Today is May Day, the day that honors the struggle of working people throughout the world. From France to Japan, China to Nicaragua, workers are celebrating with strikes, rallies, marches and teach-ins. But the United States and Canada don’t recognize the day as a national holiday.
Ironically, it is in the United States that May Day, a pagan holy day celebrating the first spring planting, was first declared International Workers’ Day. It came out of the movement for an 8-hour workday that rocked the country more than 100 years ago. On May 1, 1886, the American Federation of Labor called a national strike to put an end to the 12, 14, and even 16 hour days that were common. Two days into the massive strike, the police opened fire on a crowd of protesters in Chicago, killing four. The following day, a bomb was thrown at police officers as they descended on peaceful protesters in Haymarket Square. The bomb killed one police officer and injured many more. The police fired into the crowd, killing at least one and wounding dozens.
Although it was never known who threw the bomb in Haymarket Square, the incident was used as an excuse to attack the Left and labor movement. Eight of Chicago’s most active labor leaders were sentenced to death by a kangaroo court, and four of them were ultimately hanged.
News of these executions sparked labor protests throughout the world, and in 1889, the Socialist International declared May 1st a day of demonstrations.
In cities across the world, activists celebrate International Workers’ Day by combining it with protests against racism, militarism, and capitalism. In central Athens, where thousands of demonstrators gathered today, banners read: “Long live international solidarity to Palestine.” In Australia, police arrested dozens of people after scuffles broke out at a picket to protest against the country’s immigration policies. Today in Berlin, thousands gathered at a peaceful May Day and anti-Nazi demonstration. Violence broke out when hundreds of riot police moved in, using water cannons against protesters.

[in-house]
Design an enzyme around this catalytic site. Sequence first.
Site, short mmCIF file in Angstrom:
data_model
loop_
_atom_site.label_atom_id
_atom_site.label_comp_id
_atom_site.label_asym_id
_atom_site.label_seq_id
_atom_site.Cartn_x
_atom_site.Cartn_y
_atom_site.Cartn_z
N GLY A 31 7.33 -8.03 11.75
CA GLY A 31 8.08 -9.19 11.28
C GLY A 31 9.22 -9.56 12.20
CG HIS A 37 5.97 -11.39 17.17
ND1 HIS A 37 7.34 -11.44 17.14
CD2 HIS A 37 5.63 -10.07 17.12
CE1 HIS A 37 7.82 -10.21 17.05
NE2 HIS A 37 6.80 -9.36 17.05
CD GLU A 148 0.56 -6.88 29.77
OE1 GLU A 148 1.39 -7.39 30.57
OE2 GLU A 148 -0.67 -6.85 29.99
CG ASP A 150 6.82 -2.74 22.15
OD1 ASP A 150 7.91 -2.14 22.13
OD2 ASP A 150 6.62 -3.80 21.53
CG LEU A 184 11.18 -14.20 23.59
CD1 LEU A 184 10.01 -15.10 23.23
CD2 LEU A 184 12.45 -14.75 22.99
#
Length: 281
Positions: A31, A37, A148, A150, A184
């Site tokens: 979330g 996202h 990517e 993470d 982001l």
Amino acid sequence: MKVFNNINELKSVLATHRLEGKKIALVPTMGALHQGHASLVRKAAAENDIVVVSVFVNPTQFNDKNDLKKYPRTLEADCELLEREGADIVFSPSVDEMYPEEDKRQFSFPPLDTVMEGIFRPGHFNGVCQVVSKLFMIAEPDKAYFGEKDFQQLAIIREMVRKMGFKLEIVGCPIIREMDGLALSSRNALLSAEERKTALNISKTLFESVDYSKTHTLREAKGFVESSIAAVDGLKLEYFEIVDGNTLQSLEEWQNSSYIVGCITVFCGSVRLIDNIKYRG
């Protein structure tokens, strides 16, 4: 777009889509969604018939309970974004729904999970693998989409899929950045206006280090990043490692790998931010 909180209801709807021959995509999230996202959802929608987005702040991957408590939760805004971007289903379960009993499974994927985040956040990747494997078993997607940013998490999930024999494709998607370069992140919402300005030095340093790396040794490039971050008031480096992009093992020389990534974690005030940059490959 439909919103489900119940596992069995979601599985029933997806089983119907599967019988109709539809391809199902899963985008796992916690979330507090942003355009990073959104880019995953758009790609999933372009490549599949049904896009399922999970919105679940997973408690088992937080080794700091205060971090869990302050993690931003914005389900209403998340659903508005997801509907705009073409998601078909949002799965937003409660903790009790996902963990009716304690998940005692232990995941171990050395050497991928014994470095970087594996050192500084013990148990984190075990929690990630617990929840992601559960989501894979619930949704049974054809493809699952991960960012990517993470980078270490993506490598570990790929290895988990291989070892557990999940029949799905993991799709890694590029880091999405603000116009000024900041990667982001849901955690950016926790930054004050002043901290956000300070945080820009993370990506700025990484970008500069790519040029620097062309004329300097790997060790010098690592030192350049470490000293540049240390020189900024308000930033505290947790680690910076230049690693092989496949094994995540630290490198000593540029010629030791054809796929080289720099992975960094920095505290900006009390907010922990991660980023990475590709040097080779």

We are going to go now to three May Day demonstrations. In Paris, May Day is a national workers’ holiday, and hundreds of thousands have taken to the streets to protest far-right presidential contender Jean-Marie Le Pen. This Sunday is the runoff election against President Jacques Chirac.
- Nick Champaix, reporter for Radio France International, on the streets of Paris for the pro-Le Pen demonstrations.
In London, hundreds of cyclists converged on the U.S. embassy, 6,000 police are on guard in the city and many businesses have boarded up their windows. The statue of Winston Churchill outside the Houses of Parliament has been boarded up to protect it from the fate that befell it two years ago, when protesters covered it in graffiti and put a grass mohican on its head.
- Roger Sutton, organizer of the London May Day March.
In New York, workers will march to demand a general amnesty for all undocumented immigrants. They march in the footsteps of the immigrant workers who struggled for the 8-hour day in 1886.
- Hector Figueroa, Secretary-Treasurer of SEIU Local 32-BJ (SEIU is the Service Employees International Union. Hector leads 32-BJs Education, Political, and Community Action Programs.
- Baldemar Velasquez, founder and current president of the Farm Labor Organizing Committee (FLOC). Velasquez, began working in farm fields at an early age, gained national attention in 1967 when he organized farm labor in northwest Ohio where many jobs had previously been unpaid. In 1979, FLOC was formally recognized as a labor union of farm workers in the Midwest.